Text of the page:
#2: Using data to drive meaningful business value, and quantifying it

On a panel during the Symposium, one CDO shared this great metaphor for how to think about the value of your data “defense” efforts:

Picture this: your company is a metaphorical grocery store. Imagine if all the items were disorganized on the shelves, and shoppers couldn’t find the items they needed — what a terrible experience. Similarly, that’s how consumers of data feel when your data is unorganized — they wouldn’t know where to find the data they need. Now imagine that the items in the store were covered with brown bags. Shoppers wouldn’t know what they’re buying. Similarly, that’s why you need to collect and organize metadata to describe and make sense of your assets.

I’ll note that large tech companies have built homegrown solutions addressing some of this, like Amundsen from Lyft and DataHub from LinkedIn.

But the most innovative CDOs don’t stop with defense. Companies are now using data as a competitive advantage; for example, using it to identify new markets ripe for disruption, new products or features to be developed, new methodologies for improving cost and efficiency. In fact — when done well — your data strategy will not only be tightly linked but also strongly influence your business strategy. Data teams today act de facto as business partners to functions, taking a seat at the table as active thought partners to their marketing, sales, customer success, product, and engineering counterparts. It is not uncommon to see data teams partake in their business partners KPIs for performance. The business success is the data organization’s success.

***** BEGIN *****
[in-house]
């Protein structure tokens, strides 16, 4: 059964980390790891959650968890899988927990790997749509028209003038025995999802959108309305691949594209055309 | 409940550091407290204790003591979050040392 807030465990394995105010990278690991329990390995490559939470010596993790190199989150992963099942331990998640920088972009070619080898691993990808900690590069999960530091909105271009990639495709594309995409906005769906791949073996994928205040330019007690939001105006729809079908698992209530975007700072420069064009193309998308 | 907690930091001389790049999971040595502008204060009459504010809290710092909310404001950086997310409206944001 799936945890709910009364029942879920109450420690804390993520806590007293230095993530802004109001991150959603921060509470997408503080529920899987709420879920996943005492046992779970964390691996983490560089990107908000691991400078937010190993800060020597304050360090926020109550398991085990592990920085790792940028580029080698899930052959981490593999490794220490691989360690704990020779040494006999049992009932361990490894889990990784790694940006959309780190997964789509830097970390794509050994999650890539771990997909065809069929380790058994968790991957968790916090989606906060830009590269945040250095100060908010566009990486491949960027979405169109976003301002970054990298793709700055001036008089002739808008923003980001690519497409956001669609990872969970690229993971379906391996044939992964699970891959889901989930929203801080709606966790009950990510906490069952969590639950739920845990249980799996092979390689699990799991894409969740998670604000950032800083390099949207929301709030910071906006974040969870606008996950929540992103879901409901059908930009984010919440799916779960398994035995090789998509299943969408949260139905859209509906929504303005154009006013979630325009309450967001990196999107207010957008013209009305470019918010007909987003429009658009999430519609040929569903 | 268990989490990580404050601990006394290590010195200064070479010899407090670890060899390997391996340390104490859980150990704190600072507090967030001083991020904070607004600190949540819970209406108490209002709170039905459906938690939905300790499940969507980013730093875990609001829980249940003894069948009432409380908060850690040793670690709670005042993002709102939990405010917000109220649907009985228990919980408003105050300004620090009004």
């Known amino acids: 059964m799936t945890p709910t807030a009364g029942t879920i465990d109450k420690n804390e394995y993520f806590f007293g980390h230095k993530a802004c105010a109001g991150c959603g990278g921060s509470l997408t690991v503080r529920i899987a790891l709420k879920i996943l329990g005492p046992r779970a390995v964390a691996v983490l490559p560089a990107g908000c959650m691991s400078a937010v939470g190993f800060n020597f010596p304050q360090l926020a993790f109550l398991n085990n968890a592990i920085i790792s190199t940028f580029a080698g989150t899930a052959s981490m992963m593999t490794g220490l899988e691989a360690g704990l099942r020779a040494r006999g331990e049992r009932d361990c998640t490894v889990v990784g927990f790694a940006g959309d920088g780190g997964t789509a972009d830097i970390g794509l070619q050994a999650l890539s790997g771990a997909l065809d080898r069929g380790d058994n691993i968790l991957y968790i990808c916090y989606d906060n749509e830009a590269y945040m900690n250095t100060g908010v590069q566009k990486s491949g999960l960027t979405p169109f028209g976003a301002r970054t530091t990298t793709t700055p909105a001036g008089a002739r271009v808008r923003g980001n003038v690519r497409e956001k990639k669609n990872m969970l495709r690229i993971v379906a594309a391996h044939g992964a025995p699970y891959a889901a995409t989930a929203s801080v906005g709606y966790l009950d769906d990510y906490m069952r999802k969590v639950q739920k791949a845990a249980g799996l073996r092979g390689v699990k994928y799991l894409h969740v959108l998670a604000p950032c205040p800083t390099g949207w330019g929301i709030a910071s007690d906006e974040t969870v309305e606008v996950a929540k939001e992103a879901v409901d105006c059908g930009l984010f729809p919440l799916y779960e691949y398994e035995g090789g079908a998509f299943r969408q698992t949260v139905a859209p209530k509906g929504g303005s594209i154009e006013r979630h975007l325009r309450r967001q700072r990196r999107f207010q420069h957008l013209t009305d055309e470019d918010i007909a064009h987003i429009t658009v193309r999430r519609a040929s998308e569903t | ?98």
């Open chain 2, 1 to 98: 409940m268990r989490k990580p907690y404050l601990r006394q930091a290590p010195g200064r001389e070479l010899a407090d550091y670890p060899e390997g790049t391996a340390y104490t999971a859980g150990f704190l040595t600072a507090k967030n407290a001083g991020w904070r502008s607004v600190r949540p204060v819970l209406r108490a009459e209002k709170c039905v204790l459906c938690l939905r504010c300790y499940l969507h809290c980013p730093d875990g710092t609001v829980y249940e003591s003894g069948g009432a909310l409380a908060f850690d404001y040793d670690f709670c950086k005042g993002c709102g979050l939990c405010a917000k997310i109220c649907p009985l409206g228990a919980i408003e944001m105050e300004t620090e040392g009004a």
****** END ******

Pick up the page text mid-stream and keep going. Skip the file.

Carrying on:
#3: Seeking out and adopting new technologies, driven by business needs